Quintessa’s compartment modelling software, AMBER, has recently been used in a Canadian PhD study, to model the dietary intake and excretion of I-129 and I-127 in human biological materials.
With the recent re-emergence of iodine deficiency among individuals in several industrialised countries, understanding a population’s main sources of iodine population is necessary to ensure fortification strategies are justified and effective. Uncertainty has recently arisen as to the relative importance of iodised salt, especially with medical warnings to reduce salt consumption.
In June 2022, the University of Ottawa published a PhD thesis entitled "An Assessment of Iodine-129 and Iodine 127 in Human Biological Materials with Modelling of Dietary Iodine Intake and Excretion".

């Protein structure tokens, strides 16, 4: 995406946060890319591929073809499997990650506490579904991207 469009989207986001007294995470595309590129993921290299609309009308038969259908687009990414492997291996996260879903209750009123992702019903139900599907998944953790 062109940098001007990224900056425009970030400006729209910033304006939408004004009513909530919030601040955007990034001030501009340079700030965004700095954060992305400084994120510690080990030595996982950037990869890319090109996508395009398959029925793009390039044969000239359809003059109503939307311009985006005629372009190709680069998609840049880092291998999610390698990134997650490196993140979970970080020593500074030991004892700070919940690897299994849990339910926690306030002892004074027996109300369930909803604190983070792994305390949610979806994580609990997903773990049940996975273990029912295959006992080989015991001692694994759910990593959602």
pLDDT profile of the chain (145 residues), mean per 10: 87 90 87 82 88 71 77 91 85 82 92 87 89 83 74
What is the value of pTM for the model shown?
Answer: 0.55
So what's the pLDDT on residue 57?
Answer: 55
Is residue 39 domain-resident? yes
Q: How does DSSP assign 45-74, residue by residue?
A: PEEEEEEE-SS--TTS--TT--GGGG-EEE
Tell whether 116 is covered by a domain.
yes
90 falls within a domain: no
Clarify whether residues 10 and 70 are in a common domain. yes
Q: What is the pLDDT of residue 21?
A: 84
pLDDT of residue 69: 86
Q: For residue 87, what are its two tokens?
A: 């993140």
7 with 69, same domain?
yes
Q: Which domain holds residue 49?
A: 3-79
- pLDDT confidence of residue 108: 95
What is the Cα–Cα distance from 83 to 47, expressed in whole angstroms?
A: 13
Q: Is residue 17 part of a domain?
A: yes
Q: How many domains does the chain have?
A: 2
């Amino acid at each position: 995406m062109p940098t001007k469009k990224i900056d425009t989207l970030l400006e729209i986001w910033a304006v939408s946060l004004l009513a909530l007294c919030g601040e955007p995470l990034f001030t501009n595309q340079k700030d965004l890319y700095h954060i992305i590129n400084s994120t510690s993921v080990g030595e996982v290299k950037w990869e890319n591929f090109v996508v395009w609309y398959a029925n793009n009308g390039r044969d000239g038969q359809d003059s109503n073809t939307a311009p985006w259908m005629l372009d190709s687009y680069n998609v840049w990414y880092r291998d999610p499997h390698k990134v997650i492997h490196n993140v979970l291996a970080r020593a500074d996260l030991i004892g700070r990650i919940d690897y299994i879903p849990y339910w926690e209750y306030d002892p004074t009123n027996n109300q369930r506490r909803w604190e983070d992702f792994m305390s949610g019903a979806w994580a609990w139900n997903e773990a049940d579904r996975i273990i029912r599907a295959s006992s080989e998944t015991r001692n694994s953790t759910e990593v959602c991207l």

This thesis was concerned with iodine status and sources in human body, and measurements in human materials in the Canadian population. Using I-129 as a tracer, a new method was developed to extract I-129 from urine, and an existing method to extract I-129 from breastmilk refined. Subsequently, a biokinetic model of iodine, developed by Leggett (2017), was implemented in the AMBER compartment modelling software (see figure below). This model was used to investigate the main sources of I-127 and I-129 in the Canadian diet based on daily food consumption survey data, and modelling of the urinary iodine concentration for adults and infants. The influence of seven common diets on urinary iodine concentrations were assessed to determine which foods play an important role in ensuring iodine adequacy. It was observed that the main source of iodine in a vegan diet is grain products providing up to 70%, while in remaining diets the main source of iodine was dairy products (50-69%), when they are consumed. The contribution of iodised salt to all Canadian diets was ranked second, after dairy, unless the diet is vegan or ovo-vegetarian, where dairy is not consumed; iodised salt was ranked first for those two diets.